Mistusinne plants mini forest to mark Canada’s 150th

A new miniature forest planted at Mistusinne features 150 Scots pines of varying sizes in honour of Canada’s 150th birthday.

By Joel van der Veen

MISTUSINNE — All around the Lake Diefenbaker region are countless places to play.

But when a group of Mistusinne residents began planning their new project, they had a different purpose in mind.

The resort village recently christened Canada 150 Park, featuring a miniature forest of 150 Scots pine trees.

The park houses two clusters of trees with a meadow in the centre, where the native prairie grass is allowed to flourish and grow.

A winding path runs through the park, with signs and a bench where guests can sit and enjoy the view of Lake Diefenbaker.

Lynne Saas, chair of the village’s Canada 150 committee, was clear about their intentions.

“This isn’t a park for people to play in,” said Saas. “Good heavens, our whole village is a place for people to play . . . This is more (about) giving back to Mother Nature.”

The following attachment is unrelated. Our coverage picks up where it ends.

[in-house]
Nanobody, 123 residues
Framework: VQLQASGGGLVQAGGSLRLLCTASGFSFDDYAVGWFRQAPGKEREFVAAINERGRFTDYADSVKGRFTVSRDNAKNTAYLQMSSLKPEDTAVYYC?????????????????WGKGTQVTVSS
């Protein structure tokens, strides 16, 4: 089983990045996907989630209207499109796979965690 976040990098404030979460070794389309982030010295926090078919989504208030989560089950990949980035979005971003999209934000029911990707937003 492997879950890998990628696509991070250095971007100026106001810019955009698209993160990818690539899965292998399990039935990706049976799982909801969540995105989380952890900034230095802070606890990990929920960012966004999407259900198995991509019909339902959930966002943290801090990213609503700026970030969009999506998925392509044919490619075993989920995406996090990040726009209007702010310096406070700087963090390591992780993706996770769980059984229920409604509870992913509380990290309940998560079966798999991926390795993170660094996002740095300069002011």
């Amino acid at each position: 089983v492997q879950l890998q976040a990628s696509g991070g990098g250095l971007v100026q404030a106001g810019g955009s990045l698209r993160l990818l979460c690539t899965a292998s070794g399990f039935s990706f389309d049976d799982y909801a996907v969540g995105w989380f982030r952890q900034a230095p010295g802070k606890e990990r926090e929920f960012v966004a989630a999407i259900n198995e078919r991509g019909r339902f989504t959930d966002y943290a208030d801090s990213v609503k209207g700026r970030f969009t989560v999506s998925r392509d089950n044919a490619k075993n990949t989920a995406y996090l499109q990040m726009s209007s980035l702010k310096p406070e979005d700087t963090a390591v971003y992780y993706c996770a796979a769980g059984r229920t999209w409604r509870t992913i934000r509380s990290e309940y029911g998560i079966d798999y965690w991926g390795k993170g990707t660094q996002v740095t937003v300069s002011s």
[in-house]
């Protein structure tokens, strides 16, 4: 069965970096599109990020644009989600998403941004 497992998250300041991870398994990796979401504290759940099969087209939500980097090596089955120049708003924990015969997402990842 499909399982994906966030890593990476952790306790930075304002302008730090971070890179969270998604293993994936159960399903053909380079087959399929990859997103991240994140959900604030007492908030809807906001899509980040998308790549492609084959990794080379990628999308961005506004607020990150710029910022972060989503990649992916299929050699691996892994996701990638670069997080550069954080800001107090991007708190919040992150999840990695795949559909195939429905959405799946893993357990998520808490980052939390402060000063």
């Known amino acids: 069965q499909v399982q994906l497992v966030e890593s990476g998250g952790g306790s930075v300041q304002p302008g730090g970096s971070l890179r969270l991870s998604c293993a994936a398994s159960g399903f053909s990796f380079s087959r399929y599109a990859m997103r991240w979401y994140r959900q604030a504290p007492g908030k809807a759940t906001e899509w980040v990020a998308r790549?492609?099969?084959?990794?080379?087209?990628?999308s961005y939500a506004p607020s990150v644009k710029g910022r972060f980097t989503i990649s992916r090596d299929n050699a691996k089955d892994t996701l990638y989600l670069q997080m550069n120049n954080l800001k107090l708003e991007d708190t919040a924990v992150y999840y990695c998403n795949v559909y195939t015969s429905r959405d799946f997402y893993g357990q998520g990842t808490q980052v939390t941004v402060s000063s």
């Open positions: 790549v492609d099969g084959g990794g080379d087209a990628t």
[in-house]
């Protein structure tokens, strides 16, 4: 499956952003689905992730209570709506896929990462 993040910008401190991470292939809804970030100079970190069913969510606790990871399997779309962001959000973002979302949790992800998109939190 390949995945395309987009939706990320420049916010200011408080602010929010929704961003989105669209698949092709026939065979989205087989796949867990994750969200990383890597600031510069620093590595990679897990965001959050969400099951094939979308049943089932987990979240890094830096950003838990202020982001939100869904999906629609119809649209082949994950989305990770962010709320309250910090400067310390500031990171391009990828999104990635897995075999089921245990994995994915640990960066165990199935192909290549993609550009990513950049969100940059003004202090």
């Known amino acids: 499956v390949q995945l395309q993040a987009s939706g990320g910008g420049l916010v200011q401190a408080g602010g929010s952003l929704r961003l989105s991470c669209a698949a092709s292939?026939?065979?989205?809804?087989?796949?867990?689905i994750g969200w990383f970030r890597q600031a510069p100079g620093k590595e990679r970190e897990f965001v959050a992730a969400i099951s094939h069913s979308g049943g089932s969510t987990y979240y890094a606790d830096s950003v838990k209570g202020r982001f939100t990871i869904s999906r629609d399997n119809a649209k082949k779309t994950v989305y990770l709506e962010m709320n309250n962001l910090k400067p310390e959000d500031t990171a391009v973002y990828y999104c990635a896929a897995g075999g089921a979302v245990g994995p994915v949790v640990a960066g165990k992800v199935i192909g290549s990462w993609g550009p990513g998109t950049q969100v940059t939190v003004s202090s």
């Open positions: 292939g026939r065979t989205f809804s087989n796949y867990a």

The Resort Village of Mistusinne began to take shape in 1967, after the completion of Gardiner Dam and the resulting formation of Lake Diefenbaker. The village, located beside the lake, was incorporated in 1980.

Several groves of trees were planted, but over the years, many of these trees died prematurely.

Saas said a report prepared for the village decades ago stated that human interference, including improper pruning and tilling, played a role in the trees’ early demise.

After Saas wrote a proposal last year, the committee received a Canada 150 grant of $10,000, with matching funds contributed by the village.

The nine-member committee began working to establish a new forest that would replace a grove of dead trees and stumps.

For the full story, please see the July 17 edition of The Davidson Leader or call 306-567-2047 to subscribe today.

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